The Shadow of Selma is the first thorough analysis of the historical importance and legacy of the 1965 campaign for civil rights in Selma, Alabama, and the consequent Voting Rights Act, which is among the most important pieces of legislation in American history. It considers the historical memory of the Selma campaign, particularly examining the competing narratives of Selma in popular media and cinema.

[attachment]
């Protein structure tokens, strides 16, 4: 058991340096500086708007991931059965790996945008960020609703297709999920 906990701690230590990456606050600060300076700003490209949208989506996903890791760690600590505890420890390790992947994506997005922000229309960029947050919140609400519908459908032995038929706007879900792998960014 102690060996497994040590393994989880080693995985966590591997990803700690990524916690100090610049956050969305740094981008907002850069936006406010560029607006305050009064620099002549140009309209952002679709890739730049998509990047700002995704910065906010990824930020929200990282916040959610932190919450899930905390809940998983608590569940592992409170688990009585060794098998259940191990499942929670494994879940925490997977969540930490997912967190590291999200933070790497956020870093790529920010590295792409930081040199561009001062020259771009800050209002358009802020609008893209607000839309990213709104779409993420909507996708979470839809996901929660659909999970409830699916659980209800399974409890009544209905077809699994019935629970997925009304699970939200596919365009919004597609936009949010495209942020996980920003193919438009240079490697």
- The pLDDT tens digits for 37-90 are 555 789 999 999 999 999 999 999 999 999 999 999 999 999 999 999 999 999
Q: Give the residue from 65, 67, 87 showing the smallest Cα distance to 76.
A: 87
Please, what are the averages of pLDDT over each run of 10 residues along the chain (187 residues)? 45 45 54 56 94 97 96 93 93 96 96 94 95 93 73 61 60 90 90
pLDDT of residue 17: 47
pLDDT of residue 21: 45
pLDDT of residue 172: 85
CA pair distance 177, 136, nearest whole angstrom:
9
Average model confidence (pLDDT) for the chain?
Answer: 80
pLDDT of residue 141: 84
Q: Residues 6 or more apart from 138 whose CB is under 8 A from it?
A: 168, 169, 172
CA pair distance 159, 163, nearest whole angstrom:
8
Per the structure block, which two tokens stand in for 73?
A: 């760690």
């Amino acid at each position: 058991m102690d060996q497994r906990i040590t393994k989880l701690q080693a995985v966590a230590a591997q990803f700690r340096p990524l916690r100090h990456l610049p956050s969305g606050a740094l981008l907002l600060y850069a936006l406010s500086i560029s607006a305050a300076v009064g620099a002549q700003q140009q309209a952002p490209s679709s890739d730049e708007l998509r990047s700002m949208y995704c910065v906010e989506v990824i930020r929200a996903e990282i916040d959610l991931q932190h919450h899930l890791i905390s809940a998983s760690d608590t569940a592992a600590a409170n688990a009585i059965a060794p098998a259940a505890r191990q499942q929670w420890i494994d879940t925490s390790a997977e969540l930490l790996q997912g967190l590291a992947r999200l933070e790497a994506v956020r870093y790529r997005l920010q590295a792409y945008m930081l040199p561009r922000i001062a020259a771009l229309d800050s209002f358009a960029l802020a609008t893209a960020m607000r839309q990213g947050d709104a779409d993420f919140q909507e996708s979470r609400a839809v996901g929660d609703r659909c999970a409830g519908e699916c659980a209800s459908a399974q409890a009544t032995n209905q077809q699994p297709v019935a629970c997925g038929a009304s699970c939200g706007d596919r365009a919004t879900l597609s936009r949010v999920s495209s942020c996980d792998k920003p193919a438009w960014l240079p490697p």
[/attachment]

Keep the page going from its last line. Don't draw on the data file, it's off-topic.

Introduction / Joe Street and Henry Knight Lozano -- Part 1. Selma and the Voting Rights Act. Selma : the bridge and beyond / Alma Jean Billingslea Brown -- Before the bridge : grassroots activism in Selma in the early 1960s / Benjamin Houston -- Nonviolence crowned or de-throned? : King's strategy in Selma and its legacy / Peter Ling -- "The meat in the coconut" : Lyndon Johnson and the Voting Rights Act of 1965 / Mark McLay -- Backlash or adjustment? : the white south responds to Selma / Tony Badger -- "We cannot escape the same challenge" : Britain, France, and the US Voting Rights Act / Clive Webb -- Part 2. Media and memory. Mediating Selma : 1965, 2015 / Aniko Bodroghkozy -- "They just couldn't write it the way it wasn't anymore" : mainstream media narratives and the 1965 Selma Campaign / Mark Walmsley -- Sidelining Selma's segregationists : memory, strategy, ideology, and agency / George Lewis -- "Men and women of God and goodwill everywhere" : Selma and the role of religion in civil rights drama / Megan Hunt -- Part 3. The myth of a color-blind America. The third reconstruction : the racial wealth gap in the post-civil rights south / Devin Fergus -- How the rise of color-blind racism opened the door for the Supreme Court decision in Shelby County v. Holder / Barbara Harris Combs -- The racial laundering of equality after Shelby County v. Holder / Lynn Mie Itagaki
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